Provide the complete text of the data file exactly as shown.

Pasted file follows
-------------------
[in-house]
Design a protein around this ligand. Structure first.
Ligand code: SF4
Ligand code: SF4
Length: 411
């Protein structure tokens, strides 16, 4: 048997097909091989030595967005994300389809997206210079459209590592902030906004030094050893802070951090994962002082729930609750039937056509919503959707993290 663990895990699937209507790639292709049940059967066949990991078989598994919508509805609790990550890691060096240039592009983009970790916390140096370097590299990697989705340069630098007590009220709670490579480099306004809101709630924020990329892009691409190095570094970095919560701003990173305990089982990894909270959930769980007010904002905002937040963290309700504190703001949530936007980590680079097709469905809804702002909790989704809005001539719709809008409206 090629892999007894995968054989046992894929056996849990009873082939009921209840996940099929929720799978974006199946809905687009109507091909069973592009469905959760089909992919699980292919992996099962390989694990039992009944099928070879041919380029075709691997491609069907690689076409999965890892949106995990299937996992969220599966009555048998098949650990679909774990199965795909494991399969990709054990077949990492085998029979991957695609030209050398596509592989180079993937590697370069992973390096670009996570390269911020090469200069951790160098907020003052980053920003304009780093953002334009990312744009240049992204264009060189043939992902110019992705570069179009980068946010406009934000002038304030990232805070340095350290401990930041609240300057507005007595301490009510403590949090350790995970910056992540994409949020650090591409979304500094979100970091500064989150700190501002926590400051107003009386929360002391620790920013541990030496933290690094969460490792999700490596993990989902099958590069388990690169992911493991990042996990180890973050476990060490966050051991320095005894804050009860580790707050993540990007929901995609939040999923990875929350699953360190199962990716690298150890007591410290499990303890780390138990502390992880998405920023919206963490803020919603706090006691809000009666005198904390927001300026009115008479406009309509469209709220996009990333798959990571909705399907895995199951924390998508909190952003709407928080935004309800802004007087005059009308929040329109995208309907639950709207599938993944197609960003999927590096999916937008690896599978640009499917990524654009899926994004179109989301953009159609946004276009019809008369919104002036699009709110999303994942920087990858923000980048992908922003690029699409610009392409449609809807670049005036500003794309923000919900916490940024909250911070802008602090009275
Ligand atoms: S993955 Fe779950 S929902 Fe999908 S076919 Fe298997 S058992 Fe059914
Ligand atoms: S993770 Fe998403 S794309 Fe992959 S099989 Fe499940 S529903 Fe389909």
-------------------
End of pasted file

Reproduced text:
[in-house]
Design a protein around this ligand. Structure first.
Ligand code: SF4
Ligand code: SF4
Length: 411
């Protein structure tokens, strides 16, 4: 048997097909091989030595967005994300389809997206210079459209590592902030906004030094050893802070951090994962002082729930609750039937056509919503959707993290 663990895990699937209507790639292709049940059967066949990991078989598994919508509805609790990550890691060096240039592009983009970790916390140096370097590299990697989705340069630098007590009220709670490579480099306004809101709630924020990329892009691409190095570094970095919560701003990173305990089982990894909270959930769980007010904002905002937040963290309700504190703001949530936007980590680079097709469905809804702002909790989704809005001539719709809008409206 090629892999007894995968054989046992894929056996849990009873082939009921209840996940099929929720799978974006199946809905687009109507091909069973592009469905959760089909992919699980292919992996099962390989694990039992009944099928070879041919380029075709691997491609069907690689076409999965890892949106995990299937996992969220599966009555048998098949650990679909774990199965795909494991399969990709054990077949990492085998029979991957695609030209050398596509592989180079993937590697370069992973390096670009996570390269911020090469200069951790160098907020003052980053920003304009780093953002334009990312744009240049992204264009060189043939992902110019992705570069179009980068946010406009934000002038304030990232805070340095350290401990930041609240300057507005007595301490009510403590949090350790995970910056992540994409949020650090591409979304500094979100970091500064989150700190501002926590400051107003009386929360002391620790920013541990030496933290690094969460490792999700490596993990989902099958590069388990690169992911493991990042996990180890973050476990060490966050051991320095005894804050009860580790707050993540990007929901995609939040999923990875929350699953360190199962990716690298150890007591410290499990303890780390138990502390992880998405920023919206963490803020919603706090006691809000009666005198904390927001300026009115008479406009309509469209709220996009990333798959990571909705399907895995199951924390998508909190952003709407928080935004309800802004007087005059009308929040329109995208309907639950709207599938993944197609960003999927590096999916937008690896599978640009499917990524654009899926994004179109989301953009159609946004276009019809008369919104002036699009709110999303994942920087990858923000980048992908922003690029699409610009392409449609809807670049005036500003794309923000919900916490940024909250911070802008602090009275
Ligand atoms: S993955 Fe779950 S929902 Fe999908 S076919 Fe298997 S058992 Fe059914
Ligand atoms: S993770 Fe998403 S794309 Fe992959 S099989 Fe499940 S529903 Fe389909």